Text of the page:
December 2017

By | Environment | Published 3 months ago

Known once as one of the most polluted states in the world, China took centre stage in the climate talks, steering this year’s United Nations Climate Change Conference (UNCCC) in the absence of the United States. The 23rd annual UNCCC, also called the 23rd session of the ‘Conference of Parties’ (COP 23), was held from November 6 -17, with delegates from over 196 countries. With China spearheading, and Taiwan sending its own representative delegation, it was initially unclear whether this year’s UNCCC would further the momentum from the Paris Climate Change Agreement, or whether a clash in Cross-Strait relations would slow it down. However, it was clear from the opening in the German city of Bonn, that all attending states, businesses and civil societies, were in agreement on the need to work together for the mitigation of climate change.

As in previous COP meetings, numerous actors came together to implement their respective proposals and policies. With the resounding loss of funding and backing from the United States — one of the world’s biggest emitters — a discernible gap in the climate action initiatives was expected. However, despite the absence of the US administration, there was a sizable representation from the US as American state governments, businesses and diplomats attended COP 23 and affirmed their support for climate change initiatives. More good news followed: the French president, Emmanuel Macron, pledged to replace the US funding.

The two-week COP 23 formulated clear aims for governments’ efforts towards coordination of climate change action in more resourceful and innovative ways. Pakistan followed suit, pledging its commitment to the Paris accord. It is among only a handful of countries to institute its own federal climate change ministry, and pledge to dedicate eight per cent of its budget to climate change mitigation. Pakistan, as one of the countries to be hardest hit by the disasters wrought by climate change, is clear in its policy support for climate action and sustainability ventures: all that is needed is the executive will to implement.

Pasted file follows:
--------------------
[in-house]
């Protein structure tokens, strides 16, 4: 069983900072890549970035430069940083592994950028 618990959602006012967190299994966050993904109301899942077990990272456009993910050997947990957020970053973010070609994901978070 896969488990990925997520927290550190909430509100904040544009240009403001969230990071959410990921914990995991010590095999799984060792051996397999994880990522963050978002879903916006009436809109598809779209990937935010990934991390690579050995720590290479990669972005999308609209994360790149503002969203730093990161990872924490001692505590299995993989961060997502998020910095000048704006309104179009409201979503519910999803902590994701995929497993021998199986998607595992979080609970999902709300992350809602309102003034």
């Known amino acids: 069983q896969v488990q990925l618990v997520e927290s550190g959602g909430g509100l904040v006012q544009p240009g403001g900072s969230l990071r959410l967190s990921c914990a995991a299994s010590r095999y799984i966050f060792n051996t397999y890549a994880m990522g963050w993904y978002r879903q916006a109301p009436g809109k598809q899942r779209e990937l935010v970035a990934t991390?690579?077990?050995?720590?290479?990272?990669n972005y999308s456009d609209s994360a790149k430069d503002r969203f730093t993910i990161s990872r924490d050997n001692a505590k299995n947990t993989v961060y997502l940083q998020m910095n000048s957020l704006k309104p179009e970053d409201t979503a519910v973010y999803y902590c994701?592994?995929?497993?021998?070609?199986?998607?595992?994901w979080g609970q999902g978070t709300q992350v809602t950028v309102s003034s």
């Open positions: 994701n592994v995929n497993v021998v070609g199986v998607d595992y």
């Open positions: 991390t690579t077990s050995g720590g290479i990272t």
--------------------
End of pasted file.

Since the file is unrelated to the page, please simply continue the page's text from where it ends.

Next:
Fiji retained hold of the Presidency for the Convention despite being unable to host it due to lack of resources. Climate change is an existential threat to the small island of Fiji — a reminder of the very real peril that can occur.

Frank Bainimarama, the Fijian Prime Minister, hosted the very first official event for human rights within the climate change talks, and led the conference through to the end, where the following protocols were agreed upon: strategies for gender equality, indigenous people’s rights, and the launch of a new system for people in developing countries to get insurance against the effects of climate change. Noting the little that can, and must, be done to keep the world temperature increase below 2 degrees Celsius (3.6 degrees Fahrenheit), environmental groups were satisfied with the progress made in the talks, despite divergent views on the phasing out of the use of coal.

The reality of climate change is still an ever-present debate in spite of the many environmental action initiatives, and the extensive research linking it to steep costs incurred from natural disasters. Climate models are now more accurate than ever, detailing general trends like extreme weather patterns increasing the probability of weather-related natural disasters, and — observable in Pakistan itself — an increase in high temperatures, resulting in frequently occurring and much longer heatwaves, over the past few years.

Though most key players stand decisive in the battle to combat the fallout from climate change, one hopes that this fight does not become a victim of power play between major emitters, since it is these countries that have the potential to change the world and ensure a sustainable future — or not.